EU Court: Transgenders do not have to marry in order to receive state pension

EPA/PETE MACLAINE

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EU Court: Transgenders do not have to marry in order to receive state pension


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The Advocate General of the European Court of Justice Michal Bobek released today an opinion in which he states that a requirement in national law for a person who has changed gender to be unmarried in order to qualify for a state retirement pension is unlawful. Such a requirement, he says, is incompatible with the EU Directive on equal treatment between men and women.

The Advocate General’s opinion concern a British citizen named MB (only the initials are given), born in 1948, who was registered at birth as a man, and married in 1974. In 1991 she began to live as a woman and in 1995 she underwent gender reassignment surgery.

However, MB did not apply for a full gender recognition certificate under national legislation as, at that time, a married applicant for such a certificate would have to have his/her marriage annulled since same sex marriage was not permitted under UK law. MB and her wife were unwilling to see their marriage annulled.

In 2008, MB reached the age of 60, the pensionable age for women born before 6 April 1950. She applied for a state retirement pension. Her application was rejected on the basis that she did not have a full gender recognition certificate and therefore could not be treated as a woman for the purpose of determining her pensionable age. MB challenged that decision before the national courts. She claims that the condition to be unmarried amounts to discrimination contrary to EU law.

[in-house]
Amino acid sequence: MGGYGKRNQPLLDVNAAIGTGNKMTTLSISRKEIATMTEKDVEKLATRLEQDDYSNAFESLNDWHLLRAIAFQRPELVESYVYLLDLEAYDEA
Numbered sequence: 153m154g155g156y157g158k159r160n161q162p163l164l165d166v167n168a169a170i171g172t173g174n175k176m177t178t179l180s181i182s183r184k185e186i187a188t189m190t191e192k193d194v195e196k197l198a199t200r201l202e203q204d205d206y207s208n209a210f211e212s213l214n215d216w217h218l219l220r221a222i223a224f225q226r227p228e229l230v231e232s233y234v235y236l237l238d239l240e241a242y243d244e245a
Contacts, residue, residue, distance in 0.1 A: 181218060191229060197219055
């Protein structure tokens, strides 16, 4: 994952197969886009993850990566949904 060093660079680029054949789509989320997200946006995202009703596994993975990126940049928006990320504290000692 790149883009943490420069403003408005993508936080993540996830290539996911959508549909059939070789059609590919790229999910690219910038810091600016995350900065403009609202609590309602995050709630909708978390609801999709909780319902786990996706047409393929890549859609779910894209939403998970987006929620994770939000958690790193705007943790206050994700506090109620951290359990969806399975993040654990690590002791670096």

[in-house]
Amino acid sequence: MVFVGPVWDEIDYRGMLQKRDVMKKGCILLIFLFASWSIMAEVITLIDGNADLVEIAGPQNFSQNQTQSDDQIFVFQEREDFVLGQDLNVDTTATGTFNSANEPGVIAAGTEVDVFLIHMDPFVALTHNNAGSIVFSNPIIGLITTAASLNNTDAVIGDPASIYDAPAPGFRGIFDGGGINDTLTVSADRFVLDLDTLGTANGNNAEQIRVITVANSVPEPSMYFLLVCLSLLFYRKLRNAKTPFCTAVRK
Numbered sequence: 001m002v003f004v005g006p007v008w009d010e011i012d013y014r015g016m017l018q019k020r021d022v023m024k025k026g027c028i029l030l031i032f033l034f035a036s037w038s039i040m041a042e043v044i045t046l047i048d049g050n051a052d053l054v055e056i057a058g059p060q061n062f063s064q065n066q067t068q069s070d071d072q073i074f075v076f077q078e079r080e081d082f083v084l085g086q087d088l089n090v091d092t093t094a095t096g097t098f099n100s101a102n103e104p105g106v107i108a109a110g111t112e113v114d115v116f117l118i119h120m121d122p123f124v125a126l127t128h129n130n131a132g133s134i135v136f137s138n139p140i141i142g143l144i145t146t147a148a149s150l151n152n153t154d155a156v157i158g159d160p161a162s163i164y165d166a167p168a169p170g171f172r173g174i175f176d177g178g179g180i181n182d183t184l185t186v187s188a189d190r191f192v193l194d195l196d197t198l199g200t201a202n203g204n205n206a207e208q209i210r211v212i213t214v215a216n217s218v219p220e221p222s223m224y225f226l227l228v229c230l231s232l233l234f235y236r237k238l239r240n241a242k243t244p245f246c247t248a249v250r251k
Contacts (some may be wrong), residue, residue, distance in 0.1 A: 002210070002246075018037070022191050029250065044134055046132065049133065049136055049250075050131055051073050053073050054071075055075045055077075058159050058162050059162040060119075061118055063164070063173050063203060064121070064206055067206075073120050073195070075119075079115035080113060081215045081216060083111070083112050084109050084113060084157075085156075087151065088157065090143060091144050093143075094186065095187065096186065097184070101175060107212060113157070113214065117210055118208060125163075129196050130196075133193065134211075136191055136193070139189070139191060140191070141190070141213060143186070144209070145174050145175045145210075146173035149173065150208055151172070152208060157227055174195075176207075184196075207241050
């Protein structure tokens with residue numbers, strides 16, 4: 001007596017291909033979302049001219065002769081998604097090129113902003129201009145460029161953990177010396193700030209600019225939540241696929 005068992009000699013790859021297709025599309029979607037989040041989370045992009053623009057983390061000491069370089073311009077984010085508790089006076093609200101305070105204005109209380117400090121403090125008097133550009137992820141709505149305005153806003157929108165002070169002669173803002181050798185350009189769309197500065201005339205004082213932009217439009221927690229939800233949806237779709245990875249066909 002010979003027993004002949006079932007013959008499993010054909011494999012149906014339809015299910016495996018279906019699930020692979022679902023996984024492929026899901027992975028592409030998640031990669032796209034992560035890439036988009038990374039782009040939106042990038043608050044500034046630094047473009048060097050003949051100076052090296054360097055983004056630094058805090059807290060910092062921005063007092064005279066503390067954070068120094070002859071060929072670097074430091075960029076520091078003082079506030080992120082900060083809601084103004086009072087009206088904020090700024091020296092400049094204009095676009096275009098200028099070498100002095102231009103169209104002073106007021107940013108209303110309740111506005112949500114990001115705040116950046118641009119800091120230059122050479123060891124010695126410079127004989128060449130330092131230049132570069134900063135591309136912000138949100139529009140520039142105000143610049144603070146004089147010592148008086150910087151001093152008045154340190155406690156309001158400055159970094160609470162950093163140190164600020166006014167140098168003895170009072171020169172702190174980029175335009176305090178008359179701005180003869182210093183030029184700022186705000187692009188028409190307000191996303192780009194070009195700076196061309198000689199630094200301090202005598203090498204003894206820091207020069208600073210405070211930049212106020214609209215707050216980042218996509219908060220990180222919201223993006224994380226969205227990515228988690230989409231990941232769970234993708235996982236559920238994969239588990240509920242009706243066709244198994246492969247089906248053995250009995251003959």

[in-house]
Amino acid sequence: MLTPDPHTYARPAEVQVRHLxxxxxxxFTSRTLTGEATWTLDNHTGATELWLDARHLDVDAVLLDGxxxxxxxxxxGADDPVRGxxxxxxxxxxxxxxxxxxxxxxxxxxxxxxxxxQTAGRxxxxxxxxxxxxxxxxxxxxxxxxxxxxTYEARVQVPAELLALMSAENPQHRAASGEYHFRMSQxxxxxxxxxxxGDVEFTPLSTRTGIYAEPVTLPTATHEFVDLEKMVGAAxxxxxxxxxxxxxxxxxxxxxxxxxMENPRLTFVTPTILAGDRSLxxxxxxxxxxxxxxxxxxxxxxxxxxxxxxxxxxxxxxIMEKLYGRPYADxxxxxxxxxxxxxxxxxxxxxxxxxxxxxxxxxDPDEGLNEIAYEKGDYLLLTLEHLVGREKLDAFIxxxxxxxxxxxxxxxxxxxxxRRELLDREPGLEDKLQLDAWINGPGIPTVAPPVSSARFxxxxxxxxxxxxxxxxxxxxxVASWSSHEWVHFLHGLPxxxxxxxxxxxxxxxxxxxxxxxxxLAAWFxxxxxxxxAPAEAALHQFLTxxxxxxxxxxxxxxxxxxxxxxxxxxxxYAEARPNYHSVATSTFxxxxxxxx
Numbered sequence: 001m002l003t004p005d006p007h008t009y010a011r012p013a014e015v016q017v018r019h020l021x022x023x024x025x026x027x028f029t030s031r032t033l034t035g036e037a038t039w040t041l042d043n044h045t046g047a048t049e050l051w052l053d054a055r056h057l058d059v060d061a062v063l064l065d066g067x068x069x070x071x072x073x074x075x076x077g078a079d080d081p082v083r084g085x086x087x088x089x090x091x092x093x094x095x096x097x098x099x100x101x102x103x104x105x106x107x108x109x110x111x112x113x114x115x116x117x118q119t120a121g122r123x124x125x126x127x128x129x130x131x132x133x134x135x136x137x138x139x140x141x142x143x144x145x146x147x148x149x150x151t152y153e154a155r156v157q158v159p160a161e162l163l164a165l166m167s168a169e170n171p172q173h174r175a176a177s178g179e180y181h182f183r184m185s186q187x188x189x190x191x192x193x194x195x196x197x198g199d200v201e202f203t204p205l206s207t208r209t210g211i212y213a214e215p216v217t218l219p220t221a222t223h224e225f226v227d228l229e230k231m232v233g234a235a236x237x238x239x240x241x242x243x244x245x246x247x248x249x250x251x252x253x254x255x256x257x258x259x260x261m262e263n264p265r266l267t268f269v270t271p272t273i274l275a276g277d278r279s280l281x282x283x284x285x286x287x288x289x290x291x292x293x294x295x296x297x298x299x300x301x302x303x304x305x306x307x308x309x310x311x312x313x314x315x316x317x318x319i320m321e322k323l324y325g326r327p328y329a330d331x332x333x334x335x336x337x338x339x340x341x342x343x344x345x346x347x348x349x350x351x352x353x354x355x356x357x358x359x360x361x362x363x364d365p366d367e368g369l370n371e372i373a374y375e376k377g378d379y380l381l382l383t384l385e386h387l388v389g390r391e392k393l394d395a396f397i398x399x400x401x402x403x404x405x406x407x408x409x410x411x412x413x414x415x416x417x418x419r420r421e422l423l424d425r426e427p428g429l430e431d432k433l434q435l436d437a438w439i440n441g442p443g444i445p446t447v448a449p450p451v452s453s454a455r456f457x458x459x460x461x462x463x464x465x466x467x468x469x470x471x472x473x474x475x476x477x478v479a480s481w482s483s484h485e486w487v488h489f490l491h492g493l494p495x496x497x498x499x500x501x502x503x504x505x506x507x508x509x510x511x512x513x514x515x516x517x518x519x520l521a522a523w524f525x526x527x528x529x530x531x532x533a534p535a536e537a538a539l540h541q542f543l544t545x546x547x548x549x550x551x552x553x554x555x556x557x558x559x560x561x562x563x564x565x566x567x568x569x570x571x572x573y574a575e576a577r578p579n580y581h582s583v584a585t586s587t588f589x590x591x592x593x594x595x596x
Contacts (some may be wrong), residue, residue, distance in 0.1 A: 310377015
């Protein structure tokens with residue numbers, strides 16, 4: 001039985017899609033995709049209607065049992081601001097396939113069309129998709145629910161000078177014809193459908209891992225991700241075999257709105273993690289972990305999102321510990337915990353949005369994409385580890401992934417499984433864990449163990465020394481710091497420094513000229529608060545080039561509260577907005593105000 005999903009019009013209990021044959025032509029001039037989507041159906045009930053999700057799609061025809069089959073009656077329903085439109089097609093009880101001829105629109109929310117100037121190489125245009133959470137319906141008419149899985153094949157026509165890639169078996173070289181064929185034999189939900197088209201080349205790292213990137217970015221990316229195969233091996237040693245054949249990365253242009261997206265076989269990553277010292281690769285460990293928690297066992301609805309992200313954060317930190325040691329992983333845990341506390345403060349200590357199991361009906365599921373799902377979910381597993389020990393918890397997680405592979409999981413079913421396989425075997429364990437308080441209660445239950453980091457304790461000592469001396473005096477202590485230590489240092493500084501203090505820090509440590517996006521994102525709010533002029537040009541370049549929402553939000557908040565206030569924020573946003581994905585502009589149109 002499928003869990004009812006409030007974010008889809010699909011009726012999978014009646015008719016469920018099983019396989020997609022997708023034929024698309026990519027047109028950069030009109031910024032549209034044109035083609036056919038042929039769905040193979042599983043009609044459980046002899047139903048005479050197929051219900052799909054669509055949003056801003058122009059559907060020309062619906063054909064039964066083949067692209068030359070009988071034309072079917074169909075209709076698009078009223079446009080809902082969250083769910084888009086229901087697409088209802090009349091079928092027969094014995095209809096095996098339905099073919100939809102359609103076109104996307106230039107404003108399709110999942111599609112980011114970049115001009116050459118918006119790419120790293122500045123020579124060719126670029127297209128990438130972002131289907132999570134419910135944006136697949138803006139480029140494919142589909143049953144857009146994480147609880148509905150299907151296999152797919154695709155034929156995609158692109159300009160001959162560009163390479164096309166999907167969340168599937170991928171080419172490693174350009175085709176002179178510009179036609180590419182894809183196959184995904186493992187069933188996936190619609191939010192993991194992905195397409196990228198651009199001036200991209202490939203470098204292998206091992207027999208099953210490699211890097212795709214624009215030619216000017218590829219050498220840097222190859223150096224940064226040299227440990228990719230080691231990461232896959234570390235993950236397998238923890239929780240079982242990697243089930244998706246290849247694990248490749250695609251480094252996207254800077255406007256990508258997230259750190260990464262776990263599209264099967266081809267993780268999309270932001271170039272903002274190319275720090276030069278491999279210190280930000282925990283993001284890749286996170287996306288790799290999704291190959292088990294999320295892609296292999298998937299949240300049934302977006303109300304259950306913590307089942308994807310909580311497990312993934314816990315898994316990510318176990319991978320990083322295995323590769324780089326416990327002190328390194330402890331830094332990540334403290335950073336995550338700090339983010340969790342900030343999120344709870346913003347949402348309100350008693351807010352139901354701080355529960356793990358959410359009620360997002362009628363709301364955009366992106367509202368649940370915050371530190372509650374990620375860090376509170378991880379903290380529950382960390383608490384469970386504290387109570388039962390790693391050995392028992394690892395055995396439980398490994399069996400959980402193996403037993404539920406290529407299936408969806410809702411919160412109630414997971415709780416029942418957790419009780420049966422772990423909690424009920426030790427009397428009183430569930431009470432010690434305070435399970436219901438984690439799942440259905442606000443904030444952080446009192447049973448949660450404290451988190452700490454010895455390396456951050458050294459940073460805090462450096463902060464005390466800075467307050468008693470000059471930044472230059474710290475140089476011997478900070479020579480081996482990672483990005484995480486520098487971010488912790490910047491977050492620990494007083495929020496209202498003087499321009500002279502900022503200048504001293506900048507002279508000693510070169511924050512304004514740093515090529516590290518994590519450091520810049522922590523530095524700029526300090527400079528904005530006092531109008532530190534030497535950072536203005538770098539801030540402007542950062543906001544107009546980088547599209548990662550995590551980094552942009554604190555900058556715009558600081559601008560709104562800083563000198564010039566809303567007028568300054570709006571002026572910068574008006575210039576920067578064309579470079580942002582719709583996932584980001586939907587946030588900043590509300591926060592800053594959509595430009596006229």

An EU Directive prohibits discrimination on grounds of sex with respect to state benefits, including old age and retirement pensions. The Directive provides for an exception to this prohibition, allowing Member States to exclude from its scope the determination of pensionable age for the purpose of granting old age and retirement pensions. The UK has exercised that right and the pensionable age for a woman born before 6 April 1950 is 60, and for a man born before 6 December 1953 is 65.

However, at the time that MB brought her case before the national courts, the acquired gender of a transgender person was not recognised for the purpose of determining the qualifying age for a state pension if that person was and remained party to a subsisting marriage. The UK Supreme Court asks the Court of Justice whether this position is compatible with the Directive.

In today’s Opinion, Advocate General Michal Bobek considers that the requirement, applicable only to transgender persons, to be unmarried in order for them to access a state pension is contrary to the Directive. In his view, this amounts to direct discrimination on the basis of sex which is not open to objective justification.

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